As scientists work to refine immunotherapy cancer treatment, they also look for ways to determine which patients are most likely to respond. According to a recent study, one of the answers may lie within a patient’s genetics.
HLA Molecules and Intracellular Proteins
T-cells are a type of white blood cell that’s part of the immune system. Human leukocyte antigen (HLA) molecules help direct T-cells towards cancer cells by binding peptides from intracellular proteins, including those found on tumor cells.
Some immunotherapy treatments that have been successful in fighting metastatic cancers focus on promoting activity of HLA-1 molecules. A research team at Memorial Sloan Kettering Cancer Center genotyped more than 1,500 advanced cancer patients to determine if HLA variants had an effect on post-treatment survival.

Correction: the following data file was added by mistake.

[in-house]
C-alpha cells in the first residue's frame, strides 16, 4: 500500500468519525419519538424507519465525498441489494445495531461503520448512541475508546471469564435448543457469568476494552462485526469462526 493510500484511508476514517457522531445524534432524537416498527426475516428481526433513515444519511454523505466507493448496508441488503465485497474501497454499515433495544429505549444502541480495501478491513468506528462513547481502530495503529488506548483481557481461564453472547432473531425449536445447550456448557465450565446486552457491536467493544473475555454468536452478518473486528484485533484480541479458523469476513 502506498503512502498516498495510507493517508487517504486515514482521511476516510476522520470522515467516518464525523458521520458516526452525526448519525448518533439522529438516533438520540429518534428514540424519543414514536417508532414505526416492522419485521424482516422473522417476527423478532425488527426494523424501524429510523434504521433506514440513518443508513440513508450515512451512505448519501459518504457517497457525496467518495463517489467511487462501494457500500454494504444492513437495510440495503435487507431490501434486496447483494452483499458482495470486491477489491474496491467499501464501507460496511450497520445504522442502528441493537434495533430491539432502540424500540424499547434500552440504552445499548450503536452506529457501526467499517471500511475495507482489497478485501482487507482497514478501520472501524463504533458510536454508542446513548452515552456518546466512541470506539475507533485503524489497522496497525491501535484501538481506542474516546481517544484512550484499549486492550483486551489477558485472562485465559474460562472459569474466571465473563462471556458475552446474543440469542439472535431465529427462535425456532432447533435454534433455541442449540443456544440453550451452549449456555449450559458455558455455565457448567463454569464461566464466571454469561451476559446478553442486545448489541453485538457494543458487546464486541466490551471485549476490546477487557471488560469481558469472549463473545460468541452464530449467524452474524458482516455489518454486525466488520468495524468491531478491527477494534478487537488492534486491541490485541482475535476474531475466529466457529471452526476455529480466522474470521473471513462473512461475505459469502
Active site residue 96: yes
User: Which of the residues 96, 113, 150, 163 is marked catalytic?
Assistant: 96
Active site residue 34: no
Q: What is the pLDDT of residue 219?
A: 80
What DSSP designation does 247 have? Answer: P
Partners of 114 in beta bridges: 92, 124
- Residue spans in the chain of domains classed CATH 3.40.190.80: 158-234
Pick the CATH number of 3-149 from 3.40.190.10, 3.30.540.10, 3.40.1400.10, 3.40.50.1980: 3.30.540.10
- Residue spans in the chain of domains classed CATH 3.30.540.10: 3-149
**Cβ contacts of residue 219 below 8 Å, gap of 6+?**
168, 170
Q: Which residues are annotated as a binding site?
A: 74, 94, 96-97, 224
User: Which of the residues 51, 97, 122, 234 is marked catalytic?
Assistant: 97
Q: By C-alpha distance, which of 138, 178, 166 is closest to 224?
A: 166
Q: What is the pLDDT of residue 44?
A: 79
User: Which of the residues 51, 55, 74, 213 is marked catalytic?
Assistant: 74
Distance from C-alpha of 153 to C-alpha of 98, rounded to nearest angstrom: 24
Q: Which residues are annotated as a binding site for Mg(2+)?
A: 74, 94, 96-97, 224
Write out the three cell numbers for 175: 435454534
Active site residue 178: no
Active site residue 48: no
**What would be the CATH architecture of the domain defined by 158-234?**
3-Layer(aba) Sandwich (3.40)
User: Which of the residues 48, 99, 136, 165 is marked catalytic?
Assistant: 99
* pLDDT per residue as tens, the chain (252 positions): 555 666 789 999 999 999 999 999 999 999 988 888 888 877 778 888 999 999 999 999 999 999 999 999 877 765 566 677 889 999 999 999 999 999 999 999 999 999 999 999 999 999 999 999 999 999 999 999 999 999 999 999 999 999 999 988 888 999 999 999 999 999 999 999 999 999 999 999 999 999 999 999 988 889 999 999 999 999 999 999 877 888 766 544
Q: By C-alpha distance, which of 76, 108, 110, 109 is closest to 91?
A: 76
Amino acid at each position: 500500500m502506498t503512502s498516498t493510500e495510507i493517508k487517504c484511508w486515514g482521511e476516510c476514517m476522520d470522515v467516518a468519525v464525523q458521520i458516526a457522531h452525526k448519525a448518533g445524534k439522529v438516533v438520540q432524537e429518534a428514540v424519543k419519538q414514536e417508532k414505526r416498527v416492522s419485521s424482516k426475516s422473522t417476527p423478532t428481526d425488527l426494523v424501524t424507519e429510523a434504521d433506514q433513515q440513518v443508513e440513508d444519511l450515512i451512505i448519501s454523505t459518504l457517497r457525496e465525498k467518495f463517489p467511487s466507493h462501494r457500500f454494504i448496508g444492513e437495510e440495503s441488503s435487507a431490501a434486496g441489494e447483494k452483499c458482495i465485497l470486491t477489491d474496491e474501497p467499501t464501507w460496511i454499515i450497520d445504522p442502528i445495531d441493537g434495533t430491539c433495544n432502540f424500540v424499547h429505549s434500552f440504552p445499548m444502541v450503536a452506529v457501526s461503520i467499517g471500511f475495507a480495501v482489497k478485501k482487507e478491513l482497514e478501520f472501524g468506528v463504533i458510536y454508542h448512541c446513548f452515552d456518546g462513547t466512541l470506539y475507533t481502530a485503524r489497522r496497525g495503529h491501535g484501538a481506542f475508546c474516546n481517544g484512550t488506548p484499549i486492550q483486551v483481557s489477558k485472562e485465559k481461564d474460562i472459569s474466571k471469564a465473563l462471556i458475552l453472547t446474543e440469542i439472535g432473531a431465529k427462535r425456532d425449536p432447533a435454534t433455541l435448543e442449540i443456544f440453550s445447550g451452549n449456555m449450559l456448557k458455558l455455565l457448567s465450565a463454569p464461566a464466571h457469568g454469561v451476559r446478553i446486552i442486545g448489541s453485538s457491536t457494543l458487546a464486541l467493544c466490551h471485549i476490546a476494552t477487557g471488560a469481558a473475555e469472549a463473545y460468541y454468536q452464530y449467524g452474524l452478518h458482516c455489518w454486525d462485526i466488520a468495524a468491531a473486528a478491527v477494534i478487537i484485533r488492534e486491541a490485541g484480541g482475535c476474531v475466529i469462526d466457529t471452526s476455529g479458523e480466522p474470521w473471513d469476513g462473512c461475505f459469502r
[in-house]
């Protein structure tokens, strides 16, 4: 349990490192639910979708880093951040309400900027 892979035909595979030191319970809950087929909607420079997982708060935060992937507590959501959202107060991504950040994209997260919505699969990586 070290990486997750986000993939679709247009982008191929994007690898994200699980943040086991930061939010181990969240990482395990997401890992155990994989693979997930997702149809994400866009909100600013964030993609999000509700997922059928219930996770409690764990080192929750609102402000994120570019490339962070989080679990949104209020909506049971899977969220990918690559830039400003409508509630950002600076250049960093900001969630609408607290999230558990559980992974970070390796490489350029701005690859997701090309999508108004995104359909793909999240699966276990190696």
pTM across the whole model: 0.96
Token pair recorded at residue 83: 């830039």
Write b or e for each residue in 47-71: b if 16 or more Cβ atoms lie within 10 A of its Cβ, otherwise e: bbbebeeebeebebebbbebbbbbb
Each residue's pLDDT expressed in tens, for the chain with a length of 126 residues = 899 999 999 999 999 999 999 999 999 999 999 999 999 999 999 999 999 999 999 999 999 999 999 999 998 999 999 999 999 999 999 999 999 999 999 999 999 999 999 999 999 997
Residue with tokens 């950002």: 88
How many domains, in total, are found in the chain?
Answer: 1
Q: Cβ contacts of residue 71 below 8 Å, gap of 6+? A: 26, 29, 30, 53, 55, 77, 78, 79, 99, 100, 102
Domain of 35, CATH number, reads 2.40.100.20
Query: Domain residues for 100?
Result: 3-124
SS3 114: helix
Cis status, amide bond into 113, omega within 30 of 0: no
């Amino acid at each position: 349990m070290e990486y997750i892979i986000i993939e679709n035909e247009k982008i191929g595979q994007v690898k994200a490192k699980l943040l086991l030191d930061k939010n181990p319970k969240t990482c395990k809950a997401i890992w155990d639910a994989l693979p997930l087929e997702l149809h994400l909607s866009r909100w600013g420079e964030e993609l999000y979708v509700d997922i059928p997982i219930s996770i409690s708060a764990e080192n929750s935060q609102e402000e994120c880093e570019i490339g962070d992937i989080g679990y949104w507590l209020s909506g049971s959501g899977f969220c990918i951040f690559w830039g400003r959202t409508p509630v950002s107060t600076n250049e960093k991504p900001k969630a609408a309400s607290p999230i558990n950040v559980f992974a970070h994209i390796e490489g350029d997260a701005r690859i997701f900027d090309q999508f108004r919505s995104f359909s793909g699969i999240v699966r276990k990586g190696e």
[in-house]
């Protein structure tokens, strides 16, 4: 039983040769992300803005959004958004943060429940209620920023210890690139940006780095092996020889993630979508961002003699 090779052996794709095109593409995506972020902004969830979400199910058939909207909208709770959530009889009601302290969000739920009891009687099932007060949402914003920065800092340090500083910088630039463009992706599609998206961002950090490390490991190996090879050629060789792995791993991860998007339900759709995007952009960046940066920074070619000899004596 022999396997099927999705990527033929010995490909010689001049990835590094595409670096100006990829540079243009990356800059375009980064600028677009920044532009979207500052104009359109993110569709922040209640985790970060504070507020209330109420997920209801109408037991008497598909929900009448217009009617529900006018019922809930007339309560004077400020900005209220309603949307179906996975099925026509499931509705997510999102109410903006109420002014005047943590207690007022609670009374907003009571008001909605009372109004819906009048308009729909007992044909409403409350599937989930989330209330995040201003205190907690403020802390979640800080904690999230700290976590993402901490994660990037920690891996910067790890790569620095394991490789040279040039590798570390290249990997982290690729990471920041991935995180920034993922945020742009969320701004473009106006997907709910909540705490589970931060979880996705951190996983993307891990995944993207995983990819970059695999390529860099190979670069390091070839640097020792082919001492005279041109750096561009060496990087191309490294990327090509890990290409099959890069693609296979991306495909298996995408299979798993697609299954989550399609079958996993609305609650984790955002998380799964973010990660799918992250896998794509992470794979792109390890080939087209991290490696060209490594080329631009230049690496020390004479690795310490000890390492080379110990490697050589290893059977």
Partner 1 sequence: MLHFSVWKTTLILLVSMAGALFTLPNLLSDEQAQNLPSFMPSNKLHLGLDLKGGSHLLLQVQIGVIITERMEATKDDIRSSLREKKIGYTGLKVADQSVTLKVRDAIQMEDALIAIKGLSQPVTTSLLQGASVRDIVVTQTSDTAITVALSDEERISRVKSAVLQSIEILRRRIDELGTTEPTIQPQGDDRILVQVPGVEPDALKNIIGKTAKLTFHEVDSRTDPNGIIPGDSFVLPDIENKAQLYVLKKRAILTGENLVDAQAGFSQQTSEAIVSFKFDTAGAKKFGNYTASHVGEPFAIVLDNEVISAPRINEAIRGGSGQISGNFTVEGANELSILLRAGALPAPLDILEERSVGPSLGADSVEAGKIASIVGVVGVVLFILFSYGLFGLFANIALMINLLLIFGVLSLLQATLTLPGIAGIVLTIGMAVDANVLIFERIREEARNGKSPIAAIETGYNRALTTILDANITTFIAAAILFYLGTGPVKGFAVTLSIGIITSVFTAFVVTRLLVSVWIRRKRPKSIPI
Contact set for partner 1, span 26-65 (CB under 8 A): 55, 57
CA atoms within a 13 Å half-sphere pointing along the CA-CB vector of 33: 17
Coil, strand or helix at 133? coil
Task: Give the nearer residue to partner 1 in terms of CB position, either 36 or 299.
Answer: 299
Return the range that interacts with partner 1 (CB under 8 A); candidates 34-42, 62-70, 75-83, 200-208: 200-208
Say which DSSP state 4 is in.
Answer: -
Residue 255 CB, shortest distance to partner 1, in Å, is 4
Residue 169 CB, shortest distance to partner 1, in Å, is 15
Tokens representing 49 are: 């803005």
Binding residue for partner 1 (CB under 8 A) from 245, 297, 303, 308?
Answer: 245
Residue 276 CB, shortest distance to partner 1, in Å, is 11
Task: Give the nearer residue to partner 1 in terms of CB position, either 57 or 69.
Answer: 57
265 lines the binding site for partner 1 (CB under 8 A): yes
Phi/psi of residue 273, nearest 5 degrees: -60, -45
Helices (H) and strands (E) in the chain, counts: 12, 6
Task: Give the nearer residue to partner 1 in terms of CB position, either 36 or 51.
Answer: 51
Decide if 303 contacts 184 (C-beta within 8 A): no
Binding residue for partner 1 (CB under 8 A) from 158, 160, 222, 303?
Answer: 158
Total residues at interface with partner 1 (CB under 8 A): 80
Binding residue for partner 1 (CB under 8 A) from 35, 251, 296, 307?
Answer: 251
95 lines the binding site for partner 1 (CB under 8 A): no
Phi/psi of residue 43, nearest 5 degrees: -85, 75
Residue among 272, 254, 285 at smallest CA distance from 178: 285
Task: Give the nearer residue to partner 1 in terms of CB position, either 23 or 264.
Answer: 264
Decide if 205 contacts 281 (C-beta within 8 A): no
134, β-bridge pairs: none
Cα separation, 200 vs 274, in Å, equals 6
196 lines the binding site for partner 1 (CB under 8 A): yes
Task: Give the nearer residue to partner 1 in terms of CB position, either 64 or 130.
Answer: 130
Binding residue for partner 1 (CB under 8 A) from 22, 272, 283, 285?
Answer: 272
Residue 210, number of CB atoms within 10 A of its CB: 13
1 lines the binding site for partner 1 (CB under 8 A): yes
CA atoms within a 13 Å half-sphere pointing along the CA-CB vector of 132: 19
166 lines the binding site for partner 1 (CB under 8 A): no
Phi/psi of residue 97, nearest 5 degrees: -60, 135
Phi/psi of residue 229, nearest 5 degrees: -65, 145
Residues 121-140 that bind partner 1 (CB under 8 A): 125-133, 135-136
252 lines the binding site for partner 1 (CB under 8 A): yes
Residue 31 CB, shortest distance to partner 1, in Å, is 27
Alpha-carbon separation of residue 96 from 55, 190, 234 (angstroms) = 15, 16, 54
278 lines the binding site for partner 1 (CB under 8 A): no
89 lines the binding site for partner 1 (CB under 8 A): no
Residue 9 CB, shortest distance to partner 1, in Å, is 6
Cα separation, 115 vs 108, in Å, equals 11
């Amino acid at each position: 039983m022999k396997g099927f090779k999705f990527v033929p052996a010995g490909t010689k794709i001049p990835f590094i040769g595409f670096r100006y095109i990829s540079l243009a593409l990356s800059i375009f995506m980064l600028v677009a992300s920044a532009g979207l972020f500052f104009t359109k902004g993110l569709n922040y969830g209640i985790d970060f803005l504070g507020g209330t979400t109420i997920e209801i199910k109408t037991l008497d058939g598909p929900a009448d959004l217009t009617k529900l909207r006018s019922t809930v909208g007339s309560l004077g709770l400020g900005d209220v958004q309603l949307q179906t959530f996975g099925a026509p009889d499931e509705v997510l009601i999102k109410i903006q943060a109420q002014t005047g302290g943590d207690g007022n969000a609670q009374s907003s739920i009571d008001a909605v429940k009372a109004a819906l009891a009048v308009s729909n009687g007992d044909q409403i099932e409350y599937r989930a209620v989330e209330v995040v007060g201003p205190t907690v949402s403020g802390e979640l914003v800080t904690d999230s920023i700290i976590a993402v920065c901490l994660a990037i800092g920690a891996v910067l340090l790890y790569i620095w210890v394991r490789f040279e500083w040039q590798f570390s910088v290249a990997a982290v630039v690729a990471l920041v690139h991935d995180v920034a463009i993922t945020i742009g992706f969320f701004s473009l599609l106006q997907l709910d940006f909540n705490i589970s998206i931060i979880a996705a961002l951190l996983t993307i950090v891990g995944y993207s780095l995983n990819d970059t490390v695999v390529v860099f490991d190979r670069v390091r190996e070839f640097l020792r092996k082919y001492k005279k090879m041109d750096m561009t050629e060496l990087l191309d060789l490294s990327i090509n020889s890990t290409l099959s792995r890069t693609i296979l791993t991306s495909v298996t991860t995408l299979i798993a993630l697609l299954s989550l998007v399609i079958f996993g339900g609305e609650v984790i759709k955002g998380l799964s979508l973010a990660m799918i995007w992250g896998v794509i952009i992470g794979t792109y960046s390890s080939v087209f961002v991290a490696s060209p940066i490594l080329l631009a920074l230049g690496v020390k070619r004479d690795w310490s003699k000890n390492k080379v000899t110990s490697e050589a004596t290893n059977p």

Do HLA Variants Affect Cancer Treatment?
Since HLA-1 molecules come in a number of different forms with several variants, the researchers speculated that those variations would influence the patients’ responses to treatment. As expected, patients with greater diversity in HLA-1 molecules had a corresponding increase in survival rates.
The study also considered the correlation between somatic mutations within a cancer genome and HLA-1 variations. A higher tumor mutation burden in combination with more diverse HLA-1 molecules was linked to higher survival rates as well.
Gene-Targeted Cancer Treatment at Issels®
Advanced gene-targeted therapies are just one of the treatments available for our comprehensive and individually tailored programs. Non-toxic gene-targeted therapies attack only cancerous cells, making them less harmful to healthy tissues.
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